Professor of Psychology Dr. David Dunning from Cornell University is quoted saying,

“The road to self-insights runs through other people.”

How many times has someone told you something they noticed about you that you never knew? Maybe you have a hidden gift, maybe you didn’t show up well in a meeting, maybe you’re looking a little rough today, or maybe you have lettuce smack in the middle of your teeth.

Whatever the case, sometimes people see things in us that we don’t necessarily see in ourselves. While some of those things are great, occasionally they are also tough to digest. When someone reveals something awesome about me to me- now that’s a good day. But on the flip side, who likes to hear about a poor performance in a meeting or that they don’t look good? Oh, and while those insights aren’t always easy to swallow, have you ever been the person on the other end of that conversation? That’s not exactly a walk in the park either. How do you tell someone something and guarantee they will take it the way you intend for it to be received- good or bad?

What would life be like without that feedback though? Imagine if no one ever shared those insights with you. How would you fix or improve aspects of yourself you aren’t even aware of? Here’s some food for thought- how many times have you walked around, flashing smiles left and right, only to look in your car mirror at the end of the day and see a big honkin’ piece of lettuce in your teeth? I can’t tell you how many times things like that have happened to me. And then, embarrassed and somewhere in between wondering how long it had been there, or and how many people saw it I always think, “man, why didn’t anyone tell me?!”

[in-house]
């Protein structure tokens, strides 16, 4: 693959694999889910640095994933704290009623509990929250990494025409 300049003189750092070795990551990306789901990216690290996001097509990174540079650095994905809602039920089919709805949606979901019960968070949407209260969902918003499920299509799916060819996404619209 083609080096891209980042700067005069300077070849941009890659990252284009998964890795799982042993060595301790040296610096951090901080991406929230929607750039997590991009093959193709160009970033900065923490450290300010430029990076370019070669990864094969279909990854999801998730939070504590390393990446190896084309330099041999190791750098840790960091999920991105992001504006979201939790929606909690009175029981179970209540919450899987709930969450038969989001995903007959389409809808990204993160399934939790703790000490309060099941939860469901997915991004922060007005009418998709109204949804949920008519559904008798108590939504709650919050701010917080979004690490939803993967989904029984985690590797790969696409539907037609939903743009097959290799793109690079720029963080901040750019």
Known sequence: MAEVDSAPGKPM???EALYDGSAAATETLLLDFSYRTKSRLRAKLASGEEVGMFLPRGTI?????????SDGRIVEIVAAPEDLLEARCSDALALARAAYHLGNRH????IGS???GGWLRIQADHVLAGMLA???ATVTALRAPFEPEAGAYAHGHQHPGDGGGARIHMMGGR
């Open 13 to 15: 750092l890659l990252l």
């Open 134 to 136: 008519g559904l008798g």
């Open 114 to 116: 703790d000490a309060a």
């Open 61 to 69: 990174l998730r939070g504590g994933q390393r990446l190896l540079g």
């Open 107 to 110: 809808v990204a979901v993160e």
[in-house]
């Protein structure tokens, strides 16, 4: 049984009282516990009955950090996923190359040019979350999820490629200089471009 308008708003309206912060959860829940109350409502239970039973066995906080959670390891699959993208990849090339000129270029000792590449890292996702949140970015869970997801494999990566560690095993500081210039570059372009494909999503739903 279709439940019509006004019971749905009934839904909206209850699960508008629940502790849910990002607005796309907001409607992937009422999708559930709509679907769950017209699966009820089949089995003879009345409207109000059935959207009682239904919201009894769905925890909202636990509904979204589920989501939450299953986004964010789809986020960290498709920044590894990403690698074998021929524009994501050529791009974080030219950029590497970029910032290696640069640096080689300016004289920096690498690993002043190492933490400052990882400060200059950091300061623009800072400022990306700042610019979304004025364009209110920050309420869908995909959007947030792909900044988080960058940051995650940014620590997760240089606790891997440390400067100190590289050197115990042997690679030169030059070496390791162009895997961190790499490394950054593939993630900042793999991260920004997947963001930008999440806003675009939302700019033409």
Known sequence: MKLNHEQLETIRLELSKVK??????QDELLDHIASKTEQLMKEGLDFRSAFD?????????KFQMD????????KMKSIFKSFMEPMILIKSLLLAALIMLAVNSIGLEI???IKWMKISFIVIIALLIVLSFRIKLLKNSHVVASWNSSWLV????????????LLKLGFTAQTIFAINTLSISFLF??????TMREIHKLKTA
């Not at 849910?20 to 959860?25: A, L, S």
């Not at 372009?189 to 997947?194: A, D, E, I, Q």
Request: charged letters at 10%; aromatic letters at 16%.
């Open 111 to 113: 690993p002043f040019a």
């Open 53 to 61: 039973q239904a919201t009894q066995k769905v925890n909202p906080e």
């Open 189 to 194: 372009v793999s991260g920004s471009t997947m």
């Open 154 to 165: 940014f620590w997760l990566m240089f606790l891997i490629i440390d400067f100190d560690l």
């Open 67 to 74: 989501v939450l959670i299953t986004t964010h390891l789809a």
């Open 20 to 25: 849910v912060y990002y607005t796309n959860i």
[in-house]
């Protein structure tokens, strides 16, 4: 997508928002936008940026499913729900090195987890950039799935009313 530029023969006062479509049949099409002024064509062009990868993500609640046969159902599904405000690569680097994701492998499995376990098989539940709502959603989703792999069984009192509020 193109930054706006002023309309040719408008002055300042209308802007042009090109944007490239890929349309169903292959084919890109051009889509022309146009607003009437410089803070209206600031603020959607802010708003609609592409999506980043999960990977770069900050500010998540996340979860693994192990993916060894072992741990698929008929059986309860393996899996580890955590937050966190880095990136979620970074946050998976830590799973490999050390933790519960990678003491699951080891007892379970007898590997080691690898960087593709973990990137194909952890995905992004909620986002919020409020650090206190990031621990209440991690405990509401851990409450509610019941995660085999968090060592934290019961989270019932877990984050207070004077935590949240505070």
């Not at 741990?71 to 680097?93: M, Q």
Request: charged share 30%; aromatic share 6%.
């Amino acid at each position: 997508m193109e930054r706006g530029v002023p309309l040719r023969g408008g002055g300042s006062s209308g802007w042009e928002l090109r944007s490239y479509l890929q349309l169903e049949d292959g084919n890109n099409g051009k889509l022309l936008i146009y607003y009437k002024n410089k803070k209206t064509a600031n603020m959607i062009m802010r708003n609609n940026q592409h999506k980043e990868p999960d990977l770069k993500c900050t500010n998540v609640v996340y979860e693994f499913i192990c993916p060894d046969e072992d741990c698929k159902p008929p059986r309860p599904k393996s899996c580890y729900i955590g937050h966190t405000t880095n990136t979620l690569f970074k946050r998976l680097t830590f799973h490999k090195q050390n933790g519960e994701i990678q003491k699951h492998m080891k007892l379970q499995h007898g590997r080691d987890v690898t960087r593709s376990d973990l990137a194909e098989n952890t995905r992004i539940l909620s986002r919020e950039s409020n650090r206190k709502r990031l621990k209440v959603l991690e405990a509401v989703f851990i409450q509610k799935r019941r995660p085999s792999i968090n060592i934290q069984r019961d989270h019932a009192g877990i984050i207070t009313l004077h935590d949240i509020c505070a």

So, if you truly want to learn about yourself, in the words of Dr. Dunning, ask other people. Allow them to reveal to you what they see and vice versa; and when you’re given feedback, whether it be about how you look today, how you showed up in a meeting, what makes you awesome, or how much lettuce is in your teeth, be grateful. It is the people who are willing to have those types of conversations with you that will help propel you on the journey to becoming everything you are capable of becoming.



Megan Dougherty

Megan Dougherty

Megan Dougherty’s methodical approach to business and her high-attention to detail are juxtaposed by her playful sense of humor and adaptability. A self-proclaimed “tom-boy,” Megan winds down on the weekends in a ball cap with her dog, Bear. Megan holds a Bachelor of Science in Mass Communications with a concentration in Strategic Advertising and a minor in Spanish, from Virginia Commonwealth University.

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